By on 01/26/08 at 10:05 AM | Permanent link to this comment

My comment may have come over as more snappish than I intended; lack of sleep you know.

By Adam Roberts on 01/26/08 at 10:38 AM | Permanent link to this comment

For links to all Dr. Crazy’s respondents, click away.

By The Constructivist on 01/26/08 at 11:23 AM | Permanent link to this comment

Dr. Crazy is writing about class mobility, and her students are more likely to come from working-class backgrounds than those at UC-Irvine. (She makes this clear.) The name of the book is Howards End.

Since she’s not talking about the Bluth family, but about the conversations and expected cultural range of the middle/upper-middle class, I was personally skeptical of how many items from Cultural Literacy would be needed to hobnob there. But this objection was largely based on my own extra-academic work experience, which was odder than most.

By Jonathan Goodwin on 01/26/08 at 04:55 PM | Permanent link to this comment

Regarding the book title, my mistake. I still occasionally get Finnegans Wake wrong, and I’m writing a dissertation on it.

I’m beginning to think that the enjoyably wicked novelty of Crazy’s idea about cultural capital is overshadowing the fact that a) it contradicts her point about side-stepping consumerist reasons for becoming educated, and b) it’s wrong. Very few Americans of any class talk about books over dinner.  She’s not running a finishing school, she’s teaching people to do a certain kind of analysis of historically significant literary texts. Regardless of where her students come from, if they expect to get hired on the basis of some timely quotations from T. S. Eliot, they really will be thinking crazy. When I worked at Borders, I was told on my first day that employees should not alienate customers by being too bookish.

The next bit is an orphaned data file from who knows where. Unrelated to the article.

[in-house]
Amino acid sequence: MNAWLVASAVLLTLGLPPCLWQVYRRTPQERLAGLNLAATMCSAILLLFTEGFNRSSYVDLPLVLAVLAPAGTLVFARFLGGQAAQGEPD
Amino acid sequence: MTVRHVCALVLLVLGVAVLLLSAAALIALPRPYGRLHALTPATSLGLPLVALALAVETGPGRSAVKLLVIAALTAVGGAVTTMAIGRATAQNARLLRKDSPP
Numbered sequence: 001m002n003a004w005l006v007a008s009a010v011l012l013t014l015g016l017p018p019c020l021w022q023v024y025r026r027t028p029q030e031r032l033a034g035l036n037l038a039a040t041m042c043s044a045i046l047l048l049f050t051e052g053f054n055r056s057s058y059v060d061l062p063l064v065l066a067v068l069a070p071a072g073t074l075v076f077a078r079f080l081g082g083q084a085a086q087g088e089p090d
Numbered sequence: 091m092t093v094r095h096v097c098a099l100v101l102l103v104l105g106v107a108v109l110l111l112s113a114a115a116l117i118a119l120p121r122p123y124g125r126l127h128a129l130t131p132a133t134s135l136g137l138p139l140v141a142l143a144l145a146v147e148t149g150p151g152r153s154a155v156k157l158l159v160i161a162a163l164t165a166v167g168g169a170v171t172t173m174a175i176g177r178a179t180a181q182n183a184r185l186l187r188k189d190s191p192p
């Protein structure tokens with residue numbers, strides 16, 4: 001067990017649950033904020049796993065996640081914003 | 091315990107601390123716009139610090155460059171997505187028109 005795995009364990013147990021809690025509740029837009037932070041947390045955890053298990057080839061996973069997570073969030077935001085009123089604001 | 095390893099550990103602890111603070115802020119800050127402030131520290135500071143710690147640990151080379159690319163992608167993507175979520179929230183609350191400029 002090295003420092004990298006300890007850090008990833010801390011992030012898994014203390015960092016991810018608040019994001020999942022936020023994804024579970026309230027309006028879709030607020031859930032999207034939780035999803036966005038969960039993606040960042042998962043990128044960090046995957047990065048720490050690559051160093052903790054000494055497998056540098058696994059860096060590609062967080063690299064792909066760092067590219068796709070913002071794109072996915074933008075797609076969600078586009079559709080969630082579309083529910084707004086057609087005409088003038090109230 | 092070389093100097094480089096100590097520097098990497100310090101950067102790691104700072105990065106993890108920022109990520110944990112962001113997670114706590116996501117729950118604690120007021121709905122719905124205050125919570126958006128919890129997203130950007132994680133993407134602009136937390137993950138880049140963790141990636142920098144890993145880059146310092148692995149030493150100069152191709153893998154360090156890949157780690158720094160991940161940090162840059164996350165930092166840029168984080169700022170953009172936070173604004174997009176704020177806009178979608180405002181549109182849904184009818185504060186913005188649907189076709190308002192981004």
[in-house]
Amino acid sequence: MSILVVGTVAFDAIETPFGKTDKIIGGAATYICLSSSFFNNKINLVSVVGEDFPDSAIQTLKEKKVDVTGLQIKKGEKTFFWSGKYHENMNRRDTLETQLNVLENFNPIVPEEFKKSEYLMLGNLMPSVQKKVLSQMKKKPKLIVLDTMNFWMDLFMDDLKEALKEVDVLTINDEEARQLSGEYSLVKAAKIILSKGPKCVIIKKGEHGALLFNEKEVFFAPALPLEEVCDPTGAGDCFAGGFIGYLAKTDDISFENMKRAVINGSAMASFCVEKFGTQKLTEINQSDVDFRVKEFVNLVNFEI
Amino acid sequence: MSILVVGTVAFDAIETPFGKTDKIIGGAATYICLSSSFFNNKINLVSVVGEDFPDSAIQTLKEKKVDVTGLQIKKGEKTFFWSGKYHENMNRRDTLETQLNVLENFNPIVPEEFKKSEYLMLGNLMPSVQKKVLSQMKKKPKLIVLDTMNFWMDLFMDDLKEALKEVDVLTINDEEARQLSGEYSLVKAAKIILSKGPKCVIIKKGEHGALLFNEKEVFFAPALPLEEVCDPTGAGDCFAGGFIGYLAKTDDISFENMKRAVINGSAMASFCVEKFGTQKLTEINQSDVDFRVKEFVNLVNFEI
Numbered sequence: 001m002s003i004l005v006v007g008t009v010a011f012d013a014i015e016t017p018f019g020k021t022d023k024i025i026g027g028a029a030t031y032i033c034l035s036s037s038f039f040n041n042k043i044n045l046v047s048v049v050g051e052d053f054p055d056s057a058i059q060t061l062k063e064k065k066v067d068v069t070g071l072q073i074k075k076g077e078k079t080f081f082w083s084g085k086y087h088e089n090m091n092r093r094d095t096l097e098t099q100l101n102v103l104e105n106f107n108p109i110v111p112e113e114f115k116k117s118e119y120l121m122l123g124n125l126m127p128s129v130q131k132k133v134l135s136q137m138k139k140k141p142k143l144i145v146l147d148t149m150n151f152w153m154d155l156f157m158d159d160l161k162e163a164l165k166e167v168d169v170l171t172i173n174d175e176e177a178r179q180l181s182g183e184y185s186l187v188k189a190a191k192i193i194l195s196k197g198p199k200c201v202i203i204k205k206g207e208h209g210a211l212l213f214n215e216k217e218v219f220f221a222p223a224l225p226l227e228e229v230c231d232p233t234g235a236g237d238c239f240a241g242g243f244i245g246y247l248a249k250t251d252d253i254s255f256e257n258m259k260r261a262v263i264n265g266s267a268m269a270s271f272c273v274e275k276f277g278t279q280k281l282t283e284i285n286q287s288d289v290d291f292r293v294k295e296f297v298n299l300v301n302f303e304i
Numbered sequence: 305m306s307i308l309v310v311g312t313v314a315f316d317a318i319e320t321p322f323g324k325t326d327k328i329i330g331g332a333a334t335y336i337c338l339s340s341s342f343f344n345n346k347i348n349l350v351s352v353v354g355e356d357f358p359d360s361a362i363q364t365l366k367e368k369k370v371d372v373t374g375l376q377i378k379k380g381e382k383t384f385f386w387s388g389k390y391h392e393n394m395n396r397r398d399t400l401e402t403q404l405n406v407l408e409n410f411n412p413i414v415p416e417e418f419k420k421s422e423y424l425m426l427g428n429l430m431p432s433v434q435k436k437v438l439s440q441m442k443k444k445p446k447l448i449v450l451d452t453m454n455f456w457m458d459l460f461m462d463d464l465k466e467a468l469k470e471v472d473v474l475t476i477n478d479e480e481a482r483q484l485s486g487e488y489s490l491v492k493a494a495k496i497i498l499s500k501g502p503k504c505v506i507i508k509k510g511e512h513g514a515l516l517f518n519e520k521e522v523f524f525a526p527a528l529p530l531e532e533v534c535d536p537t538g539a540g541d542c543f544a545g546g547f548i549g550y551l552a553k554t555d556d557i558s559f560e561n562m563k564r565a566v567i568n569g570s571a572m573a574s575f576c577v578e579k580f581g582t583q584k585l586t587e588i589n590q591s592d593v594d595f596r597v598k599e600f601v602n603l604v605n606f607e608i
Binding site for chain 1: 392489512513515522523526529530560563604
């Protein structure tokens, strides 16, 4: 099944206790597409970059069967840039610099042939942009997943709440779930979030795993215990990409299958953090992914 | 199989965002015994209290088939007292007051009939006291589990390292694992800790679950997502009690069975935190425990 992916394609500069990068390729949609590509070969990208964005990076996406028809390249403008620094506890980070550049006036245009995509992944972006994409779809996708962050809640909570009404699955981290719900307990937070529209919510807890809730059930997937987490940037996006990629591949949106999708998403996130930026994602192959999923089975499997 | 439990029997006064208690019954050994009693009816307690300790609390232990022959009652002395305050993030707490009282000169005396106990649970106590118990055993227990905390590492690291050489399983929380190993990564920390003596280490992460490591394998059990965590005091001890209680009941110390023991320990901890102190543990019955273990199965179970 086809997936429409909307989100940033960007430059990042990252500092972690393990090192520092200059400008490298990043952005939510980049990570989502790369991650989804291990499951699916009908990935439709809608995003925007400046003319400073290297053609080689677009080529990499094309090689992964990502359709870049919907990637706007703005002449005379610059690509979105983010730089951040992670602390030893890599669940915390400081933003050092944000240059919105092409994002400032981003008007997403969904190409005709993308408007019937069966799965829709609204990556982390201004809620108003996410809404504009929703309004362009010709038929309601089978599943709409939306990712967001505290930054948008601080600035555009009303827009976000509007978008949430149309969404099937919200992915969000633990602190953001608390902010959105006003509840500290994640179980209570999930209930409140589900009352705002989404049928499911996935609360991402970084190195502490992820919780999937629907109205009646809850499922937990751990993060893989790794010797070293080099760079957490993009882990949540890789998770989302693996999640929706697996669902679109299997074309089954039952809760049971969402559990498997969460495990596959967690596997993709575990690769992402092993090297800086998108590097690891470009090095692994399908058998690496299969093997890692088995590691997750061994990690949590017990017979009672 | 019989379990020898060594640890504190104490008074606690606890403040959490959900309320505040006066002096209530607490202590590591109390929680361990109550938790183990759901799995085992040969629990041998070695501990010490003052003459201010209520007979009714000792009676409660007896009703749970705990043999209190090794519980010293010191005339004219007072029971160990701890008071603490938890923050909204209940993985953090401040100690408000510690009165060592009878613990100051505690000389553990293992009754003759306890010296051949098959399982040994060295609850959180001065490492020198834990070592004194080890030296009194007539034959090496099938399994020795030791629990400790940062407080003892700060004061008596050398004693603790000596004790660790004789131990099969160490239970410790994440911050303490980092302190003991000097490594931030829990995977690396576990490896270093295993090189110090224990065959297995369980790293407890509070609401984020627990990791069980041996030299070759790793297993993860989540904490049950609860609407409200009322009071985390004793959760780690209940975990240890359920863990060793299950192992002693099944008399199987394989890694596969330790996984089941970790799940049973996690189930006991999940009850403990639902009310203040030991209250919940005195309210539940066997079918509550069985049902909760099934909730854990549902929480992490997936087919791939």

By Joseph Kugelmass on 01/26/08 at 05:49 PM | Permanent link to this comment

The thing is, though, I don’t think Dr. Crazy meant literally that her students would get ahead by being able to quote T.S. Eliot - I think she meant that studying literature exposed working class students to a way of thinking about the world, of thinking about the role of culture in the world, that they might be unfamiliar with, and which, whether you like it or not, is often a marker of social class. For instance, there’s a class meme going around which I don’t think is all that well written, but one of the markers it uses for being middle class or above is the numbers of books in your home and whether your parents read to you. It’s not about money per se.